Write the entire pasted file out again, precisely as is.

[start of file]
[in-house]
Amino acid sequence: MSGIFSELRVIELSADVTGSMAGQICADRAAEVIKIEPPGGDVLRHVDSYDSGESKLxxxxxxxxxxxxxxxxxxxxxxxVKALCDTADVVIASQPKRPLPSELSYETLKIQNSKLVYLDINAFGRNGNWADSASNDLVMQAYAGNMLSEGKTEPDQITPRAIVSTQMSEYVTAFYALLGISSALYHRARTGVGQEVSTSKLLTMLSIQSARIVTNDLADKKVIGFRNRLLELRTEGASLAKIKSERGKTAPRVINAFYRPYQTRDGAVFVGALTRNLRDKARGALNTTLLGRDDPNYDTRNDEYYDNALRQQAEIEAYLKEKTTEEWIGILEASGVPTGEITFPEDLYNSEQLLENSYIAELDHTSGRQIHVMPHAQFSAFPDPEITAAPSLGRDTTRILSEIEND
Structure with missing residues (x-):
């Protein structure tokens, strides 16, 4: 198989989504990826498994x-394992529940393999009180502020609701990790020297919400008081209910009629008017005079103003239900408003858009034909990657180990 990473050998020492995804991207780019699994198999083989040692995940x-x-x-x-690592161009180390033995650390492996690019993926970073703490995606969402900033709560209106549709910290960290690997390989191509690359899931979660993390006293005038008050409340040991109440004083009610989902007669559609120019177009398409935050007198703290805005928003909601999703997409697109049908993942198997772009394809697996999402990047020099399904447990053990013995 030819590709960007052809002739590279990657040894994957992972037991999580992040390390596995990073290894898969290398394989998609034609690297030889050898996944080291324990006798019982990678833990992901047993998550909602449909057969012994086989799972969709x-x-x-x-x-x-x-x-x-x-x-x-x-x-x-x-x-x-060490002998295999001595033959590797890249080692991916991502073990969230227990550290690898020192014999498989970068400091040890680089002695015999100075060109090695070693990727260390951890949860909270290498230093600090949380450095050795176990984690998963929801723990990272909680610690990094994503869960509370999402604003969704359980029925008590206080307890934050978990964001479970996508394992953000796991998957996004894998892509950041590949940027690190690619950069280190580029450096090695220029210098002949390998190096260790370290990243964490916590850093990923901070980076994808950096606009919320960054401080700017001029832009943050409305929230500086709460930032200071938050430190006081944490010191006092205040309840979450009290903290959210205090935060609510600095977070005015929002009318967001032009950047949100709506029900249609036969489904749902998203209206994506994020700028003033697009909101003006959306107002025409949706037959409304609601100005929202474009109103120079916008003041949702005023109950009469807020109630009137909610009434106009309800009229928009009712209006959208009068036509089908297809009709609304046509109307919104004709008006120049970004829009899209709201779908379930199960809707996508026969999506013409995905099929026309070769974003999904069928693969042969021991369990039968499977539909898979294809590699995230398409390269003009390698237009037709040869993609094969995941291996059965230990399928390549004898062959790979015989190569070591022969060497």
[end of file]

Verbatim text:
[in-house]
Amino acid sequence: MSGIFSELRVIELSADVTGSMAGQICADRAAEVIKIEPPGGDVLRHVDSYDSGESKLxxxxxxxxxxxxxxxxxxxxxxxVKALCDTADVVIASQPKRPLPSELSYETLKIQNSKLVYLDINAFGRNGNWADSASNDLVMQAYAGNMLSEGKTEPDQITPRAIVSTQMSEYVTAFYALLGISSALYHRARTGVGQEVSTSKLLTMLSIQSARIVTNDLADKKVIGFRNRLLELRTEGASLAKIKSERGKTAPRVINAFYRPYQTRDGAVFVGALTRNLRDKARGALNTTLLGRDDPNYDTRNDEYYDNALRQQAEIEAYLKEKTTEEWIGILEASGVPTGEITFPEDLYNSEQLLENSYIAELDHTSGRQIHVMPHAQFSAFPDPEITAAPSLGRDTTRILSEIEND
Structure with missing residues (x-):
């Protein structure tokens, strides 16, 4: 198989989504990826498994x-394992529940393999009180502020609701990790020297919400008081209910009629008017005079103003239900408003858009034909990657180990 990473050998020492995804991207780019699994198999083989040692995940x-x-x-x-690592161009180390033995650390492996690019993926970073703490995606969402900033709560209106549709910290960290690997390989191509690359899931979660993390006293005038008050409340040991109440004083009610989902007669559609120019177009398409935050007198703290805005928003909601999703997409697109049908993942198997772009394809697996999402990047020099399904447990053990013995 030819590709960007052809002739590279990657040894994957992972037991999580992040390390596995990073290894898969290398394989998609034609690297030889050898996944080291324990006798019982990678833990992901047993998550909602449909057969012994086989799972969709x-x-x-x-x-x-x-x-x-x-x-x-x-x-x-x-x-x-060490002998295999001595033959590797890249080692991916991502073990969230227990550290690898020192014999498989970068400091040890680089002695015999100075060109090695070693990727260390951890949860909270290498230093600090949380450095050795176990984690998963929801723990990272909680610690990094994503869960509370999402604003969704359980029925008590206080307890934050978990964001479970996508394992953000796991998957996004894998892509950041590949940027690190690619950069280190580029450096090695220029210098002949390998190096260790370290990243964490916590850093990923901070980076994808950096606009919320960054401080700017001029832009943050409305929230500086709460930032200071938050430190006081944490010191006092205040309840979450009290903290959210205090935060609510600095977070005015929002009318967001032009950047949100709506029900249609036969489904749902998203209206994506994020700028003033697009909101003006959306107002025409949706037959409304609601100005929202474009109103120079916008003041949702005023109950009469807020109630009137909610009434106009309800009229928009009712209006959208009068036509089908297809009709609304046509109307919104004709008006120049970004829009899209709201779908379930199960809707996508026969999506013409995905099929026309070769974003999904069928693969042969021991369990039968499977539909898979294809590699995230398409390269003009390698237009037709040869993609094969995941291996059965230990399928390549004898062959790979015989190569070591022969060497």